University of Canterbury, Christchurch, New Zealand
Participatory theory and the discursive-material knot
Abstract While in the field of media and communication studies the notion of participation is still often used indiscriminately, there has simultaneously been a development towards a more refined theorisation of the concept, which in turn has fed the more theory-based research projects into these participatory processes. This paper aims to contribute to this latter development by linking the power-based definition of participation (where participation is defined as the equalisation of power relations between privileged and non-privileged actors in formal or informal decision-making processes) to the ongoing theoretical debate about the relationship between the discursive and the material. New materialist philosophies (De Landa, 1996; Barad, 2007; Dolphijn and van der Tuin, 2012) have gained a strong presence in academia, but have also provoked critiques for the lack of attention for the discursive component of social reality. This theoretical paper will first argue that the discursive and the material interact – or, in other words, that they form a discursive-material knot. Starting point will be a discourse theoretical position, which will then be enriched by materialist theories. More specifically, the paper will outline a theoretical framework that allows articulating participatory processes as engulfed in an assemblage of discourses and materialities. Starting from the discourse-theoretical perspective (Laclau and Mouffe, 1985; Carpentier and Spinoy, 2008), a series of structuring discourses and subject positions (the citizen, leader, owner and expert), crucial to participatory processes, will be discussed. This discourse-theoretical approach to participation will then be enriched by a (new) materialist approach, which scrutinizes the role of materiality at the level of access, interaction and participation.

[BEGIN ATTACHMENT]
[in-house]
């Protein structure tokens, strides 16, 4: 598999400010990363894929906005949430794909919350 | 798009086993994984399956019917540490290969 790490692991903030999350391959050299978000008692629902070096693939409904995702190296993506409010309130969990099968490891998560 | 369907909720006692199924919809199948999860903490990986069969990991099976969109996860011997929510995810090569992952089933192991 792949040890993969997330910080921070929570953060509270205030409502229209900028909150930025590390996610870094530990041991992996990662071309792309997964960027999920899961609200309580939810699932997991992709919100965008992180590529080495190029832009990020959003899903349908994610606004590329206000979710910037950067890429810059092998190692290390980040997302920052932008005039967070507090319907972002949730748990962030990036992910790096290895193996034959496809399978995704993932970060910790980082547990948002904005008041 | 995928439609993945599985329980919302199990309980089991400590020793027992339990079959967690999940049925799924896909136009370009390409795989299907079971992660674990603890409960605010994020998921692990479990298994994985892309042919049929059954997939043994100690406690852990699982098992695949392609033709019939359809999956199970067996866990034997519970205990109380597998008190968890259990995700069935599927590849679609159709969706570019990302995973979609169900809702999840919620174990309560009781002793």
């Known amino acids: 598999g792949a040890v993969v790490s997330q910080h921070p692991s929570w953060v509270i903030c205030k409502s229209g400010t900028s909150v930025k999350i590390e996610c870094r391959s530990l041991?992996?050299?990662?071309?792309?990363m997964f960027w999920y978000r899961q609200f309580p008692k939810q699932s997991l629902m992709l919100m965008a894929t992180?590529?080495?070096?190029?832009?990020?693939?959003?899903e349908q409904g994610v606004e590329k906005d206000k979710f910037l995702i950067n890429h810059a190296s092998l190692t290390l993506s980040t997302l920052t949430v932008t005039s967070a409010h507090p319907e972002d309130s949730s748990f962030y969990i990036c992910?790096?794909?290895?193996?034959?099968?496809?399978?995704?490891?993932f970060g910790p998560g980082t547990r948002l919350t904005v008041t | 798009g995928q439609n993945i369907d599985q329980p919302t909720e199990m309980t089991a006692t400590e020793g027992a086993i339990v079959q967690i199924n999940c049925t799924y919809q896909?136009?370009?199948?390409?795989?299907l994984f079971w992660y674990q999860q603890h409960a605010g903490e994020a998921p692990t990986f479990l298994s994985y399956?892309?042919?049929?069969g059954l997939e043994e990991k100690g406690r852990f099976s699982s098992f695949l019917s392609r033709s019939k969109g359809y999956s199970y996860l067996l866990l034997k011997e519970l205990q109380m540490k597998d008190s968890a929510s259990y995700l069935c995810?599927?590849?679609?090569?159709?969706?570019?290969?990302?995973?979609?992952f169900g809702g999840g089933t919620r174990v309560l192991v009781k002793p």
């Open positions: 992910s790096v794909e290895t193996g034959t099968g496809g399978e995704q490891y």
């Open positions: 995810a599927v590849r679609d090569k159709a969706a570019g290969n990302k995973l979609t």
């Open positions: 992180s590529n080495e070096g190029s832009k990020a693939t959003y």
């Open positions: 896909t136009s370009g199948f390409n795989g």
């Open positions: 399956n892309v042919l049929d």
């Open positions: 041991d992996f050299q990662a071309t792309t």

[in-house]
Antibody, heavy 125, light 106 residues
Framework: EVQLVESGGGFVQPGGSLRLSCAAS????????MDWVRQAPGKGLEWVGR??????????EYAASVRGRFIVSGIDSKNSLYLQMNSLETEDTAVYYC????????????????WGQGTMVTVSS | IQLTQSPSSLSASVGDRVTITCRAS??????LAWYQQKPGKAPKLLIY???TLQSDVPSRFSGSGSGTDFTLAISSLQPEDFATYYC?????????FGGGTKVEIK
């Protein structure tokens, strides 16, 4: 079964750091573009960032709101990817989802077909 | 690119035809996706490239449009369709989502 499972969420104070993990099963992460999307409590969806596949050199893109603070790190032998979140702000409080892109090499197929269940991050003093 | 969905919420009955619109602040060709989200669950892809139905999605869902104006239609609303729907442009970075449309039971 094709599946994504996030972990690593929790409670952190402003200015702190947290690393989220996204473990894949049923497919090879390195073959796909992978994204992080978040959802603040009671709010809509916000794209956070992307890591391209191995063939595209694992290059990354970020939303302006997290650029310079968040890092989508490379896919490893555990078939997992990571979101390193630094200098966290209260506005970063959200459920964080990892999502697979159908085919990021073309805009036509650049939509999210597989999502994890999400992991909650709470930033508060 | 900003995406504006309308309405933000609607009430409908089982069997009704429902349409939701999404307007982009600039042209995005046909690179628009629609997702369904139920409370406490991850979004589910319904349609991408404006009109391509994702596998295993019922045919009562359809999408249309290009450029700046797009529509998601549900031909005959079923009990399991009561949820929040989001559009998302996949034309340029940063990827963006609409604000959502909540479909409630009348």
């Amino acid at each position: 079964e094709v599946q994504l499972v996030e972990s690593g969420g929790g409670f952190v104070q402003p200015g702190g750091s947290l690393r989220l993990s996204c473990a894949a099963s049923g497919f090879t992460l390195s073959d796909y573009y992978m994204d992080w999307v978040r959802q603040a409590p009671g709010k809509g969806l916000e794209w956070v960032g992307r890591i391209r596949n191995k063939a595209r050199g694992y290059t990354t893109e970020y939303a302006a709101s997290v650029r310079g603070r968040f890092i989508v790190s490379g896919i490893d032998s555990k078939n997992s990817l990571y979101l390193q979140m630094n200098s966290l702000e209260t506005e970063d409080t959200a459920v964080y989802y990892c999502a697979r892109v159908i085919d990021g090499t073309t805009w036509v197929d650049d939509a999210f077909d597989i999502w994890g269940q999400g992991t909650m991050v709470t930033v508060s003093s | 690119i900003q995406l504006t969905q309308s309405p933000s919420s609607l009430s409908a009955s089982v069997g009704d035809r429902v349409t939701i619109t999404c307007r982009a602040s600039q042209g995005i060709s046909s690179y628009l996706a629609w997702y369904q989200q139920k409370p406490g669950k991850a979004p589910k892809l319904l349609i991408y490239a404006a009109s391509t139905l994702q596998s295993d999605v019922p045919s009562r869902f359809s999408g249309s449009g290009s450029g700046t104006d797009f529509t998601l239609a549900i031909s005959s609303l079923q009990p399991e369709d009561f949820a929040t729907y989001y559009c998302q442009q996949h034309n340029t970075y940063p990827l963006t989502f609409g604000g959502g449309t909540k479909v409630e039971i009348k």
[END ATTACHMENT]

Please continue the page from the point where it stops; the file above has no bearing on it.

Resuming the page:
Between Art and Lab
Abstract The aim of this paper is to discuss situated knowledges emerging at the intersection of contemporary artistic and scientific practices. For, such hybrid genres as bio art, techno art and digital art radically challenge the hitherto accepted binaries of nature/culture, human/non- human and virtual/material. This calls into question not only the 19 th century model of the objective researcher but also the model of the researcher as an engaged “participant-observer” deeply rooted in 20 th -century ethnography and anthropology. As an American performance scholar and artist Chris Salter points out, contemporary research practices should focus on organizing “conditions for experimental, performative assemblages to form and catalyze other ways of knowing and being in the world.” (2015: xiii) In order to investigate the research paradigm put forward by Salter, this paper discusses contemporary and historical science-fictional accounts of the laboratory as a site of knowledge production that is both experimental and experiential. My focus here is particularly on the laboratory of Robert Hooke as depicted in Neal Stephenson’s novel Quicksilver (2004) and parodied in Thomas Shadwell’s 1676 Restoration comedy Virtuoso. The former testifies to the multisensory and affective character of knowledge production. The latter indicates deep interrelations between research practice and broader socio-political and cultural contexts. From the perspective of the two examples, the paper discusses specific research problems I struggle with in my own performance scholar laboratory. In particular, I focus on the category of mimesis which becomes highly problematic in contemporary culture populated by simulants, avatars and automata. In this context, drawing on performance theory (Kara Reilly) and the theory of representation (Michael Hunter), I will attempt to show that both artistic and research practices are never about mirroring nature but rather about “changing a person’s way of knowing, and by extension their way of being” (Reilly 2011: 7).